Johnson seeks redemption down under

Once beaten American Kevin “Kingpin” Johnson (25-1-1, 11 KOs) returns to the ring this weekend in Australia hoping to rekindle his status as one of America’s few notable heavyweight contenders. Johnson, who lost virtually every round in his 2009 title challenge against WBC champion Vitali Klitschko, is scheduled to face Alex Leapai (25-3-3, 20 KOs) for the IBF Australian heavyweight title.

Once regarded as America’s top heavyweight prospect, Johnson’s career suffered a huge setback when he was shut out versus Klitschko. For fight fans, it wasn’t necessarily that he lost, but how he lost. In the weeks leading up to the fight, Johnson did his best Muhammad Ali impersonation: he told everyone who would listen he was going to “shock the world.” Yet, when the bell rang, the only thing that ended up shocking everyone was his total lack of effort over the 12-round whitewash.

Johnson had a chance to redeem himself when he signed up for the 2011 Prizefighter International Heavyweights tournament in London. The field was to include notable heavyweights Fres Oquendo and Michael Sprott, as well as up-and-coming Cuban sensation Mike Perez. However, Johnson’s reckless behavior outside the ring caught up with him as he tried to leave the country. He was refused exit by the United States government due to non-payment of child support.

Still, what once caught the eye of Johnson’s admirers has nothing to do with what his home life is like. Johnson has one of the best jabs in the sport, and he’s proven to be a tough competitor when matched against the right competition. His success in the professional ranks is magnified by his lack of amateur experience, and the more ring work he gets against the right competition, the brighter his future can be.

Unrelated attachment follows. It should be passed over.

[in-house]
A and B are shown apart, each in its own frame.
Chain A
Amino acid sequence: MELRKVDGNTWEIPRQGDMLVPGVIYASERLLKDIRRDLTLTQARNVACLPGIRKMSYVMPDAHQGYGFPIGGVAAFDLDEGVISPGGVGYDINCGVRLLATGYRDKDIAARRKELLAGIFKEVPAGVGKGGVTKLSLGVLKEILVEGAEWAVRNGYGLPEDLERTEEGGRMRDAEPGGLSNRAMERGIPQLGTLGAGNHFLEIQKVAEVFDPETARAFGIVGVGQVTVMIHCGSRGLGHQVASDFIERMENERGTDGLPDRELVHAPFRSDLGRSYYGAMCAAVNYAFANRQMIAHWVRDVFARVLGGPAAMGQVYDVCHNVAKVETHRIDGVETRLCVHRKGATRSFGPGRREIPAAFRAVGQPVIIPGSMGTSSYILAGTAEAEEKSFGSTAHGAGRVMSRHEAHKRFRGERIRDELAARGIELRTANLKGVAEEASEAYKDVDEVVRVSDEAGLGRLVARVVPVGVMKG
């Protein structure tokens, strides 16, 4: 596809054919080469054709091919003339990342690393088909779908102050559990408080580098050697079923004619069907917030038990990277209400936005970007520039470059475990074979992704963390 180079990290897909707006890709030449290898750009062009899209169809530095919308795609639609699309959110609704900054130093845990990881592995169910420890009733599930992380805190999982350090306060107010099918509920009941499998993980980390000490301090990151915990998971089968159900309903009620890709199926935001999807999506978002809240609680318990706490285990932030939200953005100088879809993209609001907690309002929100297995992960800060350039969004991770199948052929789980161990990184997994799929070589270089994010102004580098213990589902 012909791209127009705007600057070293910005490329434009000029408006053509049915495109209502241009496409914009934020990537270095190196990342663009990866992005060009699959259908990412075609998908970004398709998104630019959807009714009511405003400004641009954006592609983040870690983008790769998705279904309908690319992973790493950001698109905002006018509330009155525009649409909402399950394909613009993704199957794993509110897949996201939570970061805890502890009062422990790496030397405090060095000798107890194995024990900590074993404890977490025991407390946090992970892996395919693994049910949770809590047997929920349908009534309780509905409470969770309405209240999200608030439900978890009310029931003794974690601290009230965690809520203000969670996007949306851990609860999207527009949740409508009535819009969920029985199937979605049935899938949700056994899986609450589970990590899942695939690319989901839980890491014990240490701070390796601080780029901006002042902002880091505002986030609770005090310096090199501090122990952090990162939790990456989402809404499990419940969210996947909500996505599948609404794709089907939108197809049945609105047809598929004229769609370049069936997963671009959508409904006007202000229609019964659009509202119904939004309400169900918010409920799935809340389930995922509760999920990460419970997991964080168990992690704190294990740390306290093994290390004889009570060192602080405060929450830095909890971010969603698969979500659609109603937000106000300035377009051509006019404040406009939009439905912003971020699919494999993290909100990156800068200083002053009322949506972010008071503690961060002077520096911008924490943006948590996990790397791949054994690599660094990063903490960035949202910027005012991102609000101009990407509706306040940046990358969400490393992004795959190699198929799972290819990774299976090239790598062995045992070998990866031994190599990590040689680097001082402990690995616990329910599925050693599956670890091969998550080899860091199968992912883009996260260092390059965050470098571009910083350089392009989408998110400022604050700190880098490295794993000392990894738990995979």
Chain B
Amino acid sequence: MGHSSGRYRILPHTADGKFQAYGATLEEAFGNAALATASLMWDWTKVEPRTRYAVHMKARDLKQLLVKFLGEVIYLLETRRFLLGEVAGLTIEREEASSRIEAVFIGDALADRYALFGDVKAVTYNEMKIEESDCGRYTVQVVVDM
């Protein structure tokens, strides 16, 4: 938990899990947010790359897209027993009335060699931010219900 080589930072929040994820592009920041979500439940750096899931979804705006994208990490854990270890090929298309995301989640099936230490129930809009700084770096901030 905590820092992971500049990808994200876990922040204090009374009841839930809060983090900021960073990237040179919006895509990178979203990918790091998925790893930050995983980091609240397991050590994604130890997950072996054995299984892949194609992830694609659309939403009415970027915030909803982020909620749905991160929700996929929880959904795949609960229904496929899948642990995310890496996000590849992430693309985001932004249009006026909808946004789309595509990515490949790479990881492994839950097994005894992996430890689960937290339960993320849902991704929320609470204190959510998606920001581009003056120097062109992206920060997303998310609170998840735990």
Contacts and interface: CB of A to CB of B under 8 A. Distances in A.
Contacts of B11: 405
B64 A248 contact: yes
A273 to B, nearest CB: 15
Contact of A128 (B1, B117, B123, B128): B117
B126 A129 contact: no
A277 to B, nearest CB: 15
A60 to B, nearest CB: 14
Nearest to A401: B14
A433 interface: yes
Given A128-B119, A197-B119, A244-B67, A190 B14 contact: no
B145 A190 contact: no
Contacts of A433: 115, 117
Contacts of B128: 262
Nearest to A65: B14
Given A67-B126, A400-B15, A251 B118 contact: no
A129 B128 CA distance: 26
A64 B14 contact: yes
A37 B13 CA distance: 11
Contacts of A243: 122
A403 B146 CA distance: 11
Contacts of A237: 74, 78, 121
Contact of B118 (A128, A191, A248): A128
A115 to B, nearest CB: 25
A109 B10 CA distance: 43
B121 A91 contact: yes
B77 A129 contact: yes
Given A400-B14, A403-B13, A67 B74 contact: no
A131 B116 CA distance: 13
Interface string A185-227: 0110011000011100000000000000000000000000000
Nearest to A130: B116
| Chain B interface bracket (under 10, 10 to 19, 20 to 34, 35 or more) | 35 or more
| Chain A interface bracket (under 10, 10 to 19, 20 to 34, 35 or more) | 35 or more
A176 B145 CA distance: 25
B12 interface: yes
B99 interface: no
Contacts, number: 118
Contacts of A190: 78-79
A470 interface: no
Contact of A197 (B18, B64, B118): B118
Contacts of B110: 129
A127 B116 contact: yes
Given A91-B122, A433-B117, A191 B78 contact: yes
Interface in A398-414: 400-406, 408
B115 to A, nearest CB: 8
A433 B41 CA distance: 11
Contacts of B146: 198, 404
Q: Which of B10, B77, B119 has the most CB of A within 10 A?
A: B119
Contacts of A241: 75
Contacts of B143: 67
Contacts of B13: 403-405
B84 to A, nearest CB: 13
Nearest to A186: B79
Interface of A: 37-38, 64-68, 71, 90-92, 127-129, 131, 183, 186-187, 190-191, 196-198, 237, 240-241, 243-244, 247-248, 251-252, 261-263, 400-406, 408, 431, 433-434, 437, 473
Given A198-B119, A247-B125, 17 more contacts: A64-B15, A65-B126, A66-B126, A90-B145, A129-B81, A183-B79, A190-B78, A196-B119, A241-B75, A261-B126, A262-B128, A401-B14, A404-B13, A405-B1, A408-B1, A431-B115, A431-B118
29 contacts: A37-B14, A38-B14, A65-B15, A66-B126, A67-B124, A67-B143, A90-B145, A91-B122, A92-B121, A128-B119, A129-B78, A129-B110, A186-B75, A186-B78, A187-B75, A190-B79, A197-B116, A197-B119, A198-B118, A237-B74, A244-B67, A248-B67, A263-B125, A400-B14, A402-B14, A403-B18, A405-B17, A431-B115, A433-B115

Leapai most certainly is the right kind of competition. He’s beatable but challenging enough to be another rung in the ladder of contention.

While he isn’t a total pushover, the fact of the matter is that his three best wins have come against the kinds of guys who would be happy with any TV exposure. Travis Walker, Owen Beck and Darnell Wilson, who Leapai defeated in 2010, are the types of journeyman heavyweights who litter almost every fighter’s résumé these days.

There is absolutely no shame in fighting guys like that so long as you win, which is what Leapai did.

The problem for Leapai is that his losses and draws have come against even lesser fare: local club fighters and “haven’t-been-yets” hoping for their big break.

That’s good news for Johnson, whose heavyweight future may really just hinge on one thing: racking up the wins. No matter what happened in 2009, and no matter what opportunities he’s squandered in the past, the only thing that really matters is this: Kevin Johnson has only lost one fight in his heavyweight career and it was against the very best in the division.

Johnson’s fate is not yet sealed. As long as he keeps winning, another date with destiny could still come his way. And maybe this time he’ll be ready for it.